If you would like to receive future Construction Law Reviews electronically, please forward your contact information including e-mail address to [email protected] Be sure to put "subscribe" in the subject line. If you have any questions, please contact your Alston & Bird attorney or any member of the Construction and Government Contracts Group.

ATLANTA One Atlantic Center 1201 West Peachtree Street Atlanta, GA 30309-3424 404.881.7000 CHARLOTTE Bank of America Plaza Suite 4000 101 South Tryon Street Charlotte, NC 28280-4000 704.444.1000 DALLAS Chase Tower Suite 3601 2200 Ross Avenue Dallas, TX 75201 214.922.3400 LOS ANGELES 333 South Hope Street 16th Floor Los Angeles, CA 90071-3004 213.576.1000 NEW YORK 90 Park Avenue New York, NY 10016-1387 212.210.9400 RESEARCH TRIANGLE Suite 600 3201 Beechleaf Court Raleigh, NC 27604-1062 919.862.2200 SILICON VALLEY Two Palo Alto Square Suite 400 3000 El Camino Real Palo Alto, CA 94306-2112 650.838.2000 VENTURA COUNTY Suite 215 2801 Townsgate Road Westlake Village, CA 91361 805.497.9474 WASHINGTON, D.C. The Atlantic Building 950 F Street, NW Washington, DC 20004-1404 202.756.3300

Members of Alston & Bird's Construction and Government Contracts Group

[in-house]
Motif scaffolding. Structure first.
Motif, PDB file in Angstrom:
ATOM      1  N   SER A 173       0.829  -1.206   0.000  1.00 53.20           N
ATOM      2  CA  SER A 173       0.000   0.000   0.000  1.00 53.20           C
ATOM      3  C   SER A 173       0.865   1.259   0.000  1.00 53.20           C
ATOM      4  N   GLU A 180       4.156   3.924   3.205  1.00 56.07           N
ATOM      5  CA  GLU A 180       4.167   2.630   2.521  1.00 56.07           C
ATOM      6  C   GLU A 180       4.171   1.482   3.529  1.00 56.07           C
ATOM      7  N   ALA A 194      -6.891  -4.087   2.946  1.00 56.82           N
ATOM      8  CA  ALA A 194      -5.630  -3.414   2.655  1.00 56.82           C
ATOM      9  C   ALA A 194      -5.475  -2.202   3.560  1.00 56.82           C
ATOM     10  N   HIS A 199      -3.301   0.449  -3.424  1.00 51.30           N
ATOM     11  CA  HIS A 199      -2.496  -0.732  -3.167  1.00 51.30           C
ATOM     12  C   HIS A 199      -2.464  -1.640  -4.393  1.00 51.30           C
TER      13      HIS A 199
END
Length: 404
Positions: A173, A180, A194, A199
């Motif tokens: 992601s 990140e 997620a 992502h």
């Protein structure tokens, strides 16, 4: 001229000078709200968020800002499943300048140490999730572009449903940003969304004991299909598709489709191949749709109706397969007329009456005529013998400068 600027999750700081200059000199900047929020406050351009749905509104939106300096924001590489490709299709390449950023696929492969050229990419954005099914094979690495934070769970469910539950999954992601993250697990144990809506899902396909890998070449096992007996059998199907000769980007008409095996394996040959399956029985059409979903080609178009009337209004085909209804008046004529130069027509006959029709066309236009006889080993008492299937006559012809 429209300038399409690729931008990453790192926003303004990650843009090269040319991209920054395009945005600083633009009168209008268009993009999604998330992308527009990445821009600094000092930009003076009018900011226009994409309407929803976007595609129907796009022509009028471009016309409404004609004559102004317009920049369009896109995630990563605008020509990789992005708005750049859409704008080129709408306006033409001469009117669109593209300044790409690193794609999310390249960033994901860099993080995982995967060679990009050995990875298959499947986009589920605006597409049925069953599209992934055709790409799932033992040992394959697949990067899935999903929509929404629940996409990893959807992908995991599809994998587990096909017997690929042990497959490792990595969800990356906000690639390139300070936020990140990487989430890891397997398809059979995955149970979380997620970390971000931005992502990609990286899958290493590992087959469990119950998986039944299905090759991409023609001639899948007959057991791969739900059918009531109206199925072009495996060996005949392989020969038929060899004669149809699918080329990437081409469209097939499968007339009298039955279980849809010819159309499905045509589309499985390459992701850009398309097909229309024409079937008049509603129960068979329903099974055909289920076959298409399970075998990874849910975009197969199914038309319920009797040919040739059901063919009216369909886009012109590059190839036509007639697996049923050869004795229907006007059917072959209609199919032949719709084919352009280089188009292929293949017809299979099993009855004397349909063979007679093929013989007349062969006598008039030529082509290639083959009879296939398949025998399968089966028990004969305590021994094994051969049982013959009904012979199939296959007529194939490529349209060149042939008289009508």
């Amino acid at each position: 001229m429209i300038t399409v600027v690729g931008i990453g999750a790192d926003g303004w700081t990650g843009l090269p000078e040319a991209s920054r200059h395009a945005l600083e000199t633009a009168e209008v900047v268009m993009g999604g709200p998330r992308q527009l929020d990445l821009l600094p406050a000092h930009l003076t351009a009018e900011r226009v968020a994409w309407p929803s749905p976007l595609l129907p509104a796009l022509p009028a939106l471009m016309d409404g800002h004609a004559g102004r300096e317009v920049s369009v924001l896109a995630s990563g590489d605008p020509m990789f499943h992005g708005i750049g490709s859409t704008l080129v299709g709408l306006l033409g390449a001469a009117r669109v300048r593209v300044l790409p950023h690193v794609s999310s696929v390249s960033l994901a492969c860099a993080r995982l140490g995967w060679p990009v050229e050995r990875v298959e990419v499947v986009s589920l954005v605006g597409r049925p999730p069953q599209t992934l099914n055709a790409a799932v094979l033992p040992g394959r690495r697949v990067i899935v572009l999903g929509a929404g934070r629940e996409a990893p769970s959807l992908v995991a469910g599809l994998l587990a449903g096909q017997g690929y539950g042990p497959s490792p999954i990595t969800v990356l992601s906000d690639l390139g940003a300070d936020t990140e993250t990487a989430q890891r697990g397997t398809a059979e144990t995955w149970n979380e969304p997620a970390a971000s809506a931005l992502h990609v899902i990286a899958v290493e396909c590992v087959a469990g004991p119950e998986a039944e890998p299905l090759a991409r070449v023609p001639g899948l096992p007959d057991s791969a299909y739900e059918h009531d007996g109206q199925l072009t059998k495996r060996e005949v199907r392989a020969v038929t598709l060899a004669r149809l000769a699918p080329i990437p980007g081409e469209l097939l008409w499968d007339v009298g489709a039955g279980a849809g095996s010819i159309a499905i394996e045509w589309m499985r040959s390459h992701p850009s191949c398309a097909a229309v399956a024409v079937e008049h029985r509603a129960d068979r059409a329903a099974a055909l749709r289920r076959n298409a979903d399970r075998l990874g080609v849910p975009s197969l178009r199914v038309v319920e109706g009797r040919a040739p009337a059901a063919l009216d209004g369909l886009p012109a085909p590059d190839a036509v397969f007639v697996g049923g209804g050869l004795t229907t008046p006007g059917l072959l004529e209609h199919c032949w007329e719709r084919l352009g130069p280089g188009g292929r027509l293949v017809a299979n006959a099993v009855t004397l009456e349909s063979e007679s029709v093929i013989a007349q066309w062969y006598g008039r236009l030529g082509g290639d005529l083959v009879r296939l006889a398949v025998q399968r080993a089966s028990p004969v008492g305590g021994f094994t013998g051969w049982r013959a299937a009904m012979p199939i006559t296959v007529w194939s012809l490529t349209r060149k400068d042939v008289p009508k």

John I. Spangler, III Practice Group Leader 404.881.7146 [email protected] Jeffrey A. Belkin 404.881.7388 202.756.3065 [email protected] Donald G. Brown 404.881.7865 [email protected] Steven Campbell 404.881.7869 [email protected] Deborah Cazan 404.881.7667 [email protected] Daniel F. Diffley 404.881.4703 [email protected] A. McCampbell Gibson 404.881.7769 [email protected] William H. Hughes, Jr. 404.881.7273 [email protected] Thu Trinh H. Huynh 404.881.4397 [email protected] Katherine L. Miller 404.881.7947 [email protected] Julie R. Ross 404.881.7648 [email protected] Mike H. Shanlever 404.881.7619 [email protected] Aaron Vandiver 404.881.4949 [email protected]

Los Angeles

Kevin S. Collins 213.576.1184 [email protected] J. Andrew Howard 404.881.4980 [email protected] Stephanie A. Jones 213.576.1136 [email protected] Kyle A. Ostergard 213.576.1036 [email protected] G. Christian Roux Practice Group Leader 213.576.1103 [email protected] Jessica L. Sharron 213.576.1164 [email protected] Nathan D. Sinning 213.576.1134 [email protected]

Washington, D.C.

Jamil E. Nasir 202.756.3192 [email protected]